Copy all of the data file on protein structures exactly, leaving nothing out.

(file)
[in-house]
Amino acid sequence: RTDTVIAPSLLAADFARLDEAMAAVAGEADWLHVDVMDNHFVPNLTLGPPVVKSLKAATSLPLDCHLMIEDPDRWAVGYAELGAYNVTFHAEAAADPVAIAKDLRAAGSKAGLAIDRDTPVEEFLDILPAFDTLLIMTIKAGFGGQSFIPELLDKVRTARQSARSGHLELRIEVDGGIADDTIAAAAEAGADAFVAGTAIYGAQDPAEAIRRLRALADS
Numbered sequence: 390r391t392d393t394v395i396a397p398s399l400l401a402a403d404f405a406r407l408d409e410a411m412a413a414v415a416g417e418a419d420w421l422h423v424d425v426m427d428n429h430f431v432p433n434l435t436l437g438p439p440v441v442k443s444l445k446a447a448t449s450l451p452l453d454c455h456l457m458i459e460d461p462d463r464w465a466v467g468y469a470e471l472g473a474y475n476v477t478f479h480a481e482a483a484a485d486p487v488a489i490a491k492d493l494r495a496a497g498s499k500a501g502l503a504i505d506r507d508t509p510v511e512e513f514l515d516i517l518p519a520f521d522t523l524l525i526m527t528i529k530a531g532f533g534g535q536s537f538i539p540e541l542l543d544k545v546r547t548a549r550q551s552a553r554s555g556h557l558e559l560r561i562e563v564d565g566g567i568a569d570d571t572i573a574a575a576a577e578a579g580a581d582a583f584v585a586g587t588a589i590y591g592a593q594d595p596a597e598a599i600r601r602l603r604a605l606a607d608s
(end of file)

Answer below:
[in-house]
Amino acid sequence: RTDTVIAPSLLAADFARLDEAMAAVAGEADWLHVDVMDNHFVPNLTLGPPVVKSLKAATSLPLDCHLMIEDPDRWAVGYAELGAYNVTFHAEAAADPVAIAKDLRAAGSKAGLAIDRDTPVEEFLDILPAFDTLLIMTIKAGFGGQSFIPELLDKVRTARQSARSGHLELRIEVDGGIADDTIAAAAEAGADAFVAGTAIYGAQDPAEAIRRLRALADS
Numbered sequence: 390r391t392d393t394v395i396a397p398s399l400l401a402a403d404f405a406r407l408d409e410a411m412a413a414v415a416g417e418a419d420w421l422h423v424d425v426m427d428n429h430f431v432p433n434l435t436l437g438p439p440v441v442k443s444l445k446a447a448t449s450l451p452l453d454c455h456l457m458i459e460d461p462d463r464w465a466v467g468y469a470e471l472g473a474y475n476v477t478f479h480a481e482a483a484a485d486p487v488a489i490a491k492d493l494r495a496a497g498s499k500a501g502l503a504i505d506r507d508t509p510v511e512e513f514l515d516i517l518p519a520f521d522t523l524l525i526m527t528i529k530a531g532f533g534g535q536s537f538i539p540e541l542l543d544k545v546r547t548a549r550q551s552a553r554s555g556h557l558e559l560r561i562e563v564d565g566g567i568a569d570d571t572i573a574a575a576a577e578a579g580a581d582a583f584v585a586g587t588a589i590y591g592a593q594d595p596a597e598a599i600r601r602l603r604a605l606a607d608s